Nothing is more important to educators than to see the spark of understanding of the subject being taught in the classroom when that moment is witnessed in the learner.

As educators, we have been taught the craft of teaching and learning, using techniques that are also referred to as pedagogical models.

Most of these techniques have been brought into the classroom, tested and evidenced to demonstrate their use in supporting the learner – and are fundamentally based on three key principal statements:

  1. Teaching and learning should be conducted in a safe and secure environment with care and consideration for the well-being of the learner.
  2. The teacher is key in the learning process.
  3. It is imperative to determine whether learning is taking place.

As educators in the UK, we also continuously look to academia and the research carried out by organisations such as Education Endowment Foundation (EEF) and the regular guidance on offer, to keep senior leadership teams and teachers up to date with changes in the education landscape.

If the changes are deemed positive and meet the high expectations of a safe, secure and vibrant educational offer to learners at the point of delivery, then they are quickly embraced.

These then form part of the Continuous Professional Development (CPD) offer to teachers.

EEF Guidance on “Low Cost / High Impact” Resources

As educators, the onus is on us to identify external resources (See EEF technological guidance) to reduce some of this workload – but more importantly – to free up wasted time to allow greater focus on each and every learner’s needs and truly “raise their potential”.

In the UK alone, recent EEF research shows that schools spend some £900 million per annum on technological resources, with much of this amount being wasted on resources not fit for purpose. As such the EEF white paper defines a resource as being most effective if it is ‘low cost and has high impact’, and that teachers should ask the question – “will this resource reduce workload and increase learning outcomes?”

Therefore, it would be prudent when purchasing resources, as a start, to focus on the most fundamental requirements, including;

  1. Must develope excellent communication skills.
  2. Must encourage ‘deep learning’ and not shallow drilling resources (camouflaged by the hype of IT) that has a focus on rote learning.
  3. Must have positive cross curricula impact.
  4. Must not only focus on exam passing but allow the learner to demonstrate their skills whenever and wherever required beyond the exam system.
  5. Must encourage the development of true confidence and self-esteem for each and every learner and raise their potential for excellence in learning.

There are many new resources available in the market, and teachers are increasingly trying to introduce these resources, theories or even technologies into the classroom.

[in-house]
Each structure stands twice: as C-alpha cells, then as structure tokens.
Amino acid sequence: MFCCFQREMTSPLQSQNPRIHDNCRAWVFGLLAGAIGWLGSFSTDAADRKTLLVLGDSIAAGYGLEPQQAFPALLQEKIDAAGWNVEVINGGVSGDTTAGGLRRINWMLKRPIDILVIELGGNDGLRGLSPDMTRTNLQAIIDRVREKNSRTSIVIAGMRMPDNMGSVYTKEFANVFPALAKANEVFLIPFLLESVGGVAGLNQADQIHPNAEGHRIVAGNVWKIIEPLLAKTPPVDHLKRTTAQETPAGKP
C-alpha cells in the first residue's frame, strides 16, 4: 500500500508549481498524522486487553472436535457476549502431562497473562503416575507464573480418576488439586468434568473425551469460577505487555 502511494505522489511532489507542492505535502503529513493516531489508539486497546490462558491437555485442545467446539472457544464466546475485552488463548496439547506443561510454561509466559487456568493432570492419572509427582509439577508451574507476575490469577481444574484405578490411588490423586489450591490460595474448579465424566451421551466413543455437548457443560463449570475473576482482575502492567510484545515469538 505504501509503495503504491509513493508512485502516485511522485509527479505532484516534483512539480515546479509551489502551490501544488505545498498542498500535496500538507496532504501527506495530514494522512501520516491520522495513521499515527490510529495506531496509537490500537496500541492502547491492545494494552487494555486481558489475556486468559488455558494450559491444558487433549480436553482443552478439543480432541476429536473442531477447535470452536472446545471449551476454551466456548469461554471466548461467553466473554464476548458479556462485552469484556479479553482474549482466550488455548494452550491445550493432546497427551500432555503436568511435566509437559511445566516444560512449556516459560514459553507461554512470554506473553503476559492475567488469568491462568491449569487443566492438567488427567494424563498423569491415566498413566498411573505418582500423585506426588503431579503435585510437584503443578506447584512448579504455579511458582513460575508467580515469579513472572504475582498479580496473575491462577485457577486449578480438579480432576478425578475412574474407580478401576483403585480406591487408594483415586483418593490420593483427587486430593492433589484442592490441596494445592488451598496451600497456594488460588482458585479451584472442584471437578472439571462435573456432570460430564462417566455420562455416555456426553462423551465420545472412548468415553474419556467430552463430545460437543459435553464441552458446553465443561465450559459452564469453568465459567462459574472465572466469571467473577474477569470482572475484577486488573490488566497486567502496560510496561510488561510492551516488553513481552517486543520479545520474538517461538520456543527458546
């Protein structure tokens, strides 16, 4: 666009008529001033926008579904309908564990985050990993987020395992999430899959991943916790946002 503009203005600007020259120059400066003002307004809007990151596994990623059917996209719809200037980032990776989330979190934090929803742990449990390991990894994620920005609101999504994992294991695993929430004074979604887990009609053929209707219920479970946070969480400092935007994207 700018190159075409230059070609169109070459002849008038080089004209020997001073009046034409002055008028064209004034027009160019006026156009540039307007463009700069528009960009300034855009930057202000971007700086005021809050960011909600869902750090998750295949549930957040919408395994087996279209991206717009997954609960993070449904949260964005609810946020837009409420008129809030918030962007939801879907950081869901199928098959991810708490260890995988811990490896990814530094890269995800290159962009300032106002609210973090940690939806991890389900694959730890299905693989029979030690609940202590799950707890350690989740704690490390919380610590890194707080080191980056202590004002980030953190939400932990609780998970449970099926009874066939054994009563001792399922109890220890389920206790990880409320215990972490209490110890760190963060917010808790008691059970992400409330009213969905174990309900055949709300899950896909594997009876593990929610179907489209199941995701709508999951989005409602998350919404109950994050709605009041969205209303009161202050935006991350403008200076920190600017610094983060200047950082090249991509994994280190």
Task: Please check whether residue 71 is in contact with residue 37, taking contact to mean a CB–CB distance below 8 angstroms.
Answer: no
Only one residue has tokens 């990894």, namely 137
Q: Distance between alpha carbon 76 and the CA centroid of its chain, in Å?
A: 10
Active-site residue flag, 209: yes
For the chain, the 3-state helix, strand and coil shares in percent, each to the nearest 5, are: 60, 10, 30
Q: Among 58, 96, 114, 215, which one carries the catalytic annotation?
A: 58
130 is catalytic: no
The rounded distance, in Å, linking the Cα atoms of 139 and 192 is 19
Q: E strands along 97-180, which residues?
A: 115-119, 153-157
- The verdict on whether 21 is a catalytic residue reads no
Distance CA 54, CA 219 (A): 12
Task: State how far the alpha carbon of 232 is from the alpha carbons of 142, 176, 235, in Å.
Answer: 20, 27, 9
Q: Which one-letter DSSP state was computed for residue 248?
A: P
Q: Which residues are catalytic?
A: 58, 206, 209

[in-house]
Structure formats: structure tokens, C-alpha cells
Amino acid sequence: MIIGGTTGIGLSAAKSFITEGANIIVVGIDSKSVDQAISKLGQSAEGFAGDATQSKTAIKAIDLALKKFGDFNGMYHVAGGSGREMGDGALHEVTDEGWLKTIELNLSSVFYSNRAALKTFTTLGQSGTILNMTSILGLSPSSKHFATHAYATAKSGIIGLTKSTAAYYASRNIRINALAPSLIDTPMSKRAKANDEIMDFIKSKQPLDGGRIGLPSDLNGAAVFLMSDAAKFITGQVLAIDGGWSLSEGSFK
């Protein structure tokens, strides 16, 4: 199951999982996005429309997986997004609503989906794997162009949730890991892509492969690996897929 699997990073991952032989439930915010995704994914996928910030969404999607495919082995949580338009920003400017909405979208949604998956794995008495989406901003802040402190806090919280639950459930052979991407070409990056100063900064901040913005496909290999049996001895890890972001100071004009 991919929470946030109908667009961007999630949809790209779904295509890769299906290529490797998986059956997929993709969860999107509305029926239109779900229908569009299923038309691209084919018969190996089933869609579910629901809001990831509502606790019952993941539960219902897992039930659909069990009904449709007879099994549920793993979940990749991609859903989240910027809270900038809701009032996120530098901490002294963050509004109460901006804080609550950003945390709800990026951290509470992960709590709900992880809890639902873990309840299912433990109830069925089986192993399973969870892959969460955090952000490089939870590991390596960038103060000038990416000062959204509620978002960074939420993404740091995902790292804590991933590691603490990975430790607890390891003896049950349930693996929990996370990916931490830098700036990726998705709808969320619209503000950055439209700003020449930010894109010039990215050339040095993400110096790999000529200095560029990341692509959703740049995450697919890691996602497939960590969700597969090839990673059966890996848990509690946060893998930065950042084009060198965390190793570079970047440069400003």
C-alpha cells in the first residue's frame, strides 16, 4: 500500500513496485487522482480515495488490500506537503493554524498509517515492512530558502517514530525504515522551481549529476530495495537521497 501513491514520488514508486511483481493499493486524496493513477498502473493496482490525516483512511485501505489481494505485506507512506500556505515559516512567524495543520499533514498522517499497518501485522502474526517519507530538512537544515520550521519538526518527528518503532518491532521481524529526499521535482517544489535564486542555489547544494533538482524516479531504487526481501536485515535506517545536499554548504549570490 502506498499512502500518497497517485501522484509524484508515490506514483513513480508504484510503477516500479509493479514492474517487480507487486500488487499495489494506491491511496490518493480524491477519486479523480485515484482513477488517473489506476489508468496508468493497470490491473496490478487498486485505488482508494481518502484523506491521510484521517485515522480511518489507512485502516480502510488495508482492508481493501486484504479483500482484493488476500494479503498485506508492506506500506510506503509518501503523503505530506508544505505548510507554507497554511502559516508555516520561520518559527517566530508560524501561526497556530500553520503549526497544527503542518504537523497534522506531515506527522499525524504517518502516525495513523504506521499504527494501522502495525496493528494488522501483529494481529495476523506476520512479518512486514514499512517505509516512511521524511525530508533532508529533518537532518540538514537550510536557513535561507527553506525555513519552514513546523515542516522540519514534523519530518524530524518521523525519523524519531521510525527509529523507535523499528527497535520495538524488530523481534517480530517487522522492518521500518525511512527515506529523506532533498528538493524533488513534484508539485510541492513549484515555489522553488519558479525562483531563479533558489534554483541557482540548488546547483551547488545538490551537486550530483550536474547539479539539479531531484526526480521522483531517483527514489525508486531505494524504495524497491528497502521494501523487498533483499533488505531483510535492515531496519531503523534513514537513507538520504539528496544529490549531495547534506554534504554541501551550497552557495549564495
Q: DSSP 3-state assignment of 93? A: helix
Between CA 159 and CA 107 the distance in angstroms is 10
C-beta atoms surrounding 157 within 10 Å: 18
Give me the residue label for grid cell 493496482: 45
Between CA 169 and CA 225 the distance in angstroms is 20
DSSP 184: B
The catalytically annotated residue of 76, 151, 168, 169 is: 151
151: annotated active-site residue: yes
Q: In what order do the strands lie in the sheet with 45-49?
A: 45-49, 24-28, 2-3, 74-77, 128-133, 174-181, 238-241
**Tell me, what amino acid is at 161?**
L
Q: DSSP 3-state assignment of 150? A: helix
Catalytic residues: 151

However, it would be difficult to envisage a teacher, whether experienced or indeed newly qualified, taking the unnecessary risk of using these resources in their classroom without addressing the three key fundamentals; i.e. Is it safe? What is the role of the teacher and finally, how do we know if teaching and learning is truly going on?

What are the challenges?

We would be careless if not reckless as educators, to prepare any classroom resource that did not take into account the above fundamentals. So, whether the resource is paper, digital or generated using powerful algorithms for teaching and learning, the fundamentals should stay the same.

Wrapping around these three fundamentals will be those recommended pedagogical models that have been scientifically researched and evidenced to show excellent outcomes in the classroom. (These can be numerous, from seating plans to understanding the learner’s past knowledge).

Complexities further arise when addressing more than two learners in the same classroom; Does the resource offer personalisation? Does it address emotion in learning?  And how robust is the resource when simultaneously implementing with up to 35 learners in one class with multiple learning needs?

Teachers are under increasing pressure to measure and report on a variety of categories to help determine if indeed teaching and learning is taking place. Looking at the following list of considerations, it is easy to understand why so many teachers are feeling the strain of being over worked.

  1. Safety, security and wellbeing of the learner
  2. Lesson planning
  3. Inclusion
  4. Learning needs of the individual
  5. Attendance/Engagement/Achievements
  6. Organising resources
  7. Place in curriculum*
  8. Skills levels
  9. Confidence levels
  10. Understanding and Impact
  11. Standard age comparisons
  12. National comparisons
  13. Learning preferences
  14. Tracking and Monitoring
  15. Reports on the individual progress
  16. School improvement related to the specific subject

Meeting the challenge

GoLearn. Guru™ has been developed specifically for teaching and learning English language and literacy.

We have brought together expert educators, including teachers, head teachers, education consultants, UK national strategists, leading mathematicians, technologists, examiners and curriculum designers to support the development of a resource that is fit for the modern classroom and encourages ‘deep learning’ – whilst ensuring we address three fundamental principles;

  1. Safeguarding.
  2. The role of the teacher.
  3. Evidence to show teaching and learning is going on.

At GoLearn.Guru™ ™ we believe English and literacy are fundamental to learning and have created a teaching and learning platform to develop these skills to allow each learner to raise their potential and bring out the talent that is inherent in all of us.

To try GoLearn.Guru™ ™ in your classroom, email learnmore@GoLearn.Guru™